If you go
Songtime! A celebration of music through the decades:
When: Today at 7:30 p.m.
Where: Scotia-Glenville High School auditorium
Tickets: $3 for adults, $2 for students at the door
Faced with 125 energetic singers spanning three generations and empty risers, Jessica Crisci invited her high school students to find their places first.
“Let me start with Choralaires, please, on the risers,” the group’s director yelled into the crowded auditorium.
Met with confused looks, she quickly corrected herself.
“CURRENT Choralaires,” she said.
Choralaires from every decade going back to the 1950s packed the Scotia-Glenville High School auditorium’s risers Wednesday to rehearse six songs they will sing during today’s Songtime! concert at 7:30 p.m.
The concert will celebrate the Choralaires’ 60th anniversary by uniting current members and alumni in song. The annual concert will also feature the current Choralaires singing an array of tunes that, like the alumni, span the decades.
“The history of it is fantastic, and just to have everybody come together into one giant almost family, it kind of shows that the Choralaires is more than just a group that comes together and sings every once in a while,” said Paul Riggi, 18, an Scotia-Glenville senior who sings tenor in the group. “It’s like a relationship that kind of builds throughout the year.”
The alumni singers, who were invited back to celebrate the occasion, add about 80 voices to the high school vocal
ensemble of 45 students, and the sound is fuller than ever.
“It’s remarkable to see how music unites people, and there’s just this great pride in being a Choralaire,” Crisci said. “And you really see it in their faces.”
Black music binder in hand, Marianna Gatta, 53, smiled widely before the rehearsal as she tried to describe what it means to be a Choralaire.
“It’s hard to describe, it really is,” the Glenville resident said. “I’m on a high, and I was on a high when I was in high school doing it, and that’s come back.”
As a sophomore at Scotia-Glenville in 1953, Gatta was a member of the first group of Choralaires when the late Carl Steubing started the group. Gatta, a soprano, was joined on the opposite side of the risers by her granddaughter, Sophia Lietzman, 16, a sophomore who sings alto.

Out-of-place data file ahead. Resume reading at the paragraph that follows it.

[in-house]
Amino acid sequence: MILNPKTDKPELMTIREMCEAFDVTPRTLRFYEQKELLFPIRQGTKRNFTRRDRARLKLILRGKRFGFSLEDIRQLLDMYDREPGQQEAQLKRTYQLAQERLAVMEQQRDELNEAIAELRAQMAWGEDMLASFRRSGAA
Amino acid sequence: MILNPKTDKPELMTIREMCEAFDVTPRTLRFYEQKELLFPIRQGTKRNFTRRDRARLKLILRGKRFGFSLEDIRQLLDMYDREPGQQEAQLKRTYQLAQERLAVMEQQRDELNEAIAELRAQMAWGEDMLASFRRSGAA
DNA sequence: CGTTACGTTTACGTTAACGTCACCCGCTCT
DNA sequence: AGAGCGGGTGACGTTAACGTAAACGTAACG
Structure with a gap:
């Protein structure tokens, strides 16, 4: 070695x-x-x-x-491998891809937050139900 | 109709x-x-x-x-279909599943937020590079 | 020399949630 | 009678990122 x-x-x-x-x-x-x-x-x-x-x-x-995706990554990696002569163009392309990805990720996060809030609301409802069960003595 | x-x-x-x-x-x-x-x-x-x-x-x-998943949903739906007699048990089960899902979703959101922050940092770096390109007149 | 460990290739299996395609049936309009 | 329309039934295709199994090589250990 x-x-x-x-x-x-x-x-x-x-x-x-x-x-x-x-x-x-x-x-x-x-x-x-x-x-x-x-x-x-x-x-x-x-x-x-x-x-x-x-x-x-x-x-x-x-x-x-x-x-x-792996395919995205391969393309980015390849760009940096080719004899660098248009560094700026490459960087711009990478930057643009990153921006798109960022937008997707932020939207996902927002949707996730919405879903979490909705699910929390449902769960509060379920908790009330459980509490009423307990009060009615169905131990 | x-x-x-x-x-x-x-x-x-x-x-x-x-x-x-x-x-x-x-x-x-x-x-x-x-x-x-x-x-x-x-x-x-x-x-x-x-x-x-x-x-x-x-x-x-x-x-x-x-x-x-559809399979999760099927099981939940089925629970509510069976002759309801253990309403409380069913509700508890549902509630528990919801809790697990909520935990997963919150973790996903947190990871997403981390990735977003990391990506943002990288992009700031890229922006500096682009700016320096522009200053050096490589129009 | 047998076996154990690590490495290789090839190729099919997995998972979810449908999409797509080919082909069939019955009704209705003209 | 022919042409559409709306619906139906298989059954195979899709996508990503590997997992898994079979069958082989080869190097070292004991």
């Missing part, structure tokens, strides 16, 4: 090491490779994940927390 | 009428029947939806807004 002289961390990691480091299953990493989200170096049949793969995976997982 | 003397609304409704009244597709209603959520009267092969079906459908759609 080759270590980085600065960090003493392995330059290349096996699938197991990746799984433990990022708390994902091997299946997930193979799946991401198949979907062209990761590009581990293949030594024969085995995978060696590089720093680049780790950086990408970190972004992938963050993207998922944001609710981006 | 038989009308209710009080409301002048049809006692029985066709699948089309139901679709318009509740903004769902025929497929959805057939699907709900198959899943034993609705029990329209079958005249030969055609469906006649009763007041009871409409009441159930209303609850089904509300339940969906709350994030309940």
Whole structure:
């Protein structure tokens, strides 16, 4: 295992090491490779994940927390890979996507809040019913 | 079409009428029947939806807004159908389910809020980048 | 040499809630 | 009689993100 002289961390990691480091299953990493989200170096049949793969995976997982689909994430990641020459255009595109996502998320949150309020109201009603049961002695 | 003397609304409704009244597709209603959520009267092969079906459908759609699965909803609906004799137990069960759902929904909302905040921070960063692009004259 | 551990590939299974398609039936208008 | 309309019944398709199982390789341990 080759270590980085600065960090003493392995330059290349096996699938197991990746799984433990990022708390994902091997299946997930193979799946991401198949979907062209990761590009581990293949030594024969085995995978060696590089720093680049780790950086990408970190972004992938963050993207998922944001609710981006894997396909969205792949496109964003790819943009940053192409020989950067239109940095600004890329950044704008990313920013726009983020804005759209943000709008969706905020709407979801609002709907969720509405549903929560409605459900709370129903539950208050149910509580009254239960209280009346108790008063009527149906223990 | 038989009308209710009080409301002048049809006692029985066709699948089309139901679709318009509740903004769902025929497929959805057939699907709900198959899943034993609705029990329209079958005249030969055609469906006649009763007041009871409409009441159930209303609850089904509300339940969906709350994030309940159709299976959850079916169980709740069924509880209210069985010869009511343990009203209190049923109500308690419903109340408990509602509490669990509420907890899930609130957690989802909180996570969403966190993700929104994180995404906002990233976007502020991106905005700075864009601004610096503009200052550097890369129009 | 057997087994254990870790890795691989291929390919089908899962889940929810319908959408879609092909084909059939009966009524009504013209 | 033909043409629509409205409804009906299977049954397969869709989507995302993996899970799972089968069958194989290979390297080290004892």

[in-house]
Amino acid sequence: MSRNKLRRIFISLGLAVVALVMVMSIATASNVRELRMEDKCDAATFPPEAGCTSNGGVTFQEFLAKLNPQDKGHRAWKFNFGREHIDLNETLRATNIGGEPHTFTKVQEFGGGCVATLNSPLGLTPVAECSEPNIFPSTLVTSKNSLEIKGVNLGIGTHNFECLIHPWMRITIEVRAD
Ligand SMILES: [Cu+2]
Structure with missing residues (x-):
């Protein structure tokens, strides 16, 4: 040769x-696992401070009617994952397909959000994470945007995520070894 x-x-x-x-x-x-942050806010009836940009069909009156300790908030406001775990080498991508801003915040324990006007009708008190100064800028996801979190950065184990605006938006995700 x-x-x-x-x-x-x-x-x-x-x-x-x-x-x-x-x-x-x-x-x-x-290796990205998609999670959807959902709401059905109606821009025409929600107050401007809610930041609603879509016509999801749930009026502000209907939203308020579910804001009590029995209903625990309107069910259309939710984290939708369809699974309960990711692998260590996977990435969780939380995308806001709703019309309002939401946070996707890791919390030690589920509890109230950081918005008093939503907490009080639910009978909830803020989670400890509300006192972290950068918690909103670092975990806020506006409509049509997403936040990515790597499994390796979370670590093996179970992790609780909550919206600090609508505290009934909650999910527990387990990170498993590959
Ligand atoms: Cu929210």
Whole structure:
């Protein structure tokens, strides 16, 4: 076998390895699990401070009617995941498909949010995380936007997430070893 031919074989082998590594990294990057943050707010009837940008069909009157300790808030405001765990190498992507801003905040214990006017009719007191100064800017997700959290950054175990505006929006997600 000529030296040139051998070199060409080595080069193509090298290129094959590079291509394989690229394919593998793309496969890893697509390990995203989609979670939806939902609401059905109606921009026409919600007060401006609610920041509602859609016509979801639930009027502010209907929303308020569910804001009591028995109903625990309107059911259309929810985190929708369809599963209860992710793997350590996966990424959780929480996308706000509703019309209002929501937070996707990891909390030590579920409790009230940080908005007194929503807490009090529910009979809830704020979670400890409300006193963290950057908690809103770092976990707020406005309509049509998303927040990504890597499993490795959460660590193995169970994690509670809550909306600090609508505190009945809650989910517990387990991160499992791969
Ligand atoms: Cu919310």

“It’s so nice to see everyone back,” Lietzman said. “It sounds really great.”
Once all of the Choralaires were on the risers, Darrell Drew took a seat behind the piano.
“It’s good to be here,” Drew, who directed the group from 1988-97, told the singers. “It’s good to be anywhere.”
Then he accompanied the group’s rehearsal of his arrangement of “Without a Song.”
Tonight, Drew will conduct the toe tapping, lyrically taxing “Rhythm of Life.”
“I love it,” Drew said of the reunion. “This is really, really good, and I’ve had the opportunity to reunite with several of those kids I had for nine years.”
One of those “kids” is the group’s current director, Crisci, who was a Choralaire from 1994-97 — the year Drew retired. As Drew prepared to conduct “Rhythm of Life” Wednesday, Crisci hurried to find a spot on the risers among her students and fellow Choralaire alumni.
“It's been such a gift singing under his direction again,” she said.
Drew knew he wanted to direct the Choralaires long before taking on the task in 1988.
In 1962, he was a sophomore at the Crane School of Music at SUNY Potsdam, studying to become a music teacher, when Steubing brought the Choralaires to Potsdam and gave a “fantastic concert,” he said.
After seeing the group perform, Drew asked to be placed at Scotia-Glenville for his student teaching the next year. He got his wish, and after teaching one year in the Schenectady City School District until a position opened up, he started teaching at Scotia-Glenville alongside Steubing in 1965.
“If it were not for [Steubing], I wouldn’t be here,” he said.
Before Drew conducts the group tonight, another guest conductor will stand before the Choralaires — Steubing’s daughter, Sandy. She will conduct a song her father wrote for the group, “Brothers.”
“That’s an awesome opportunity to have her here, especially since her dad was the one who wrote it, so we’re doing an original,” said Riggi, the S-G senior.
Before going through the song with students and alumni, Sandy Steubing told them of its origins.
“It’s not a complicated story, but it’s an endearing story,” she said.
In the 1960s, Scotia-Glenville’s first superintendent, William Martin, went to China at a time when the country was “totally closed to foreigners,” and he came across a peasant, she said.
“This Chinese gentleman who may have never seen somebody outside of his culture … he smiled,” she said. “You would think he would be fearful, and maybe he was, but he smiled.”
Martin took a picture of the man and wrote a poem about him, and upon his return, he gave both to Carl Steubing, she said.
“It hung on our wall for a long time, and one day, my father got inspired and wrote the song,” she said.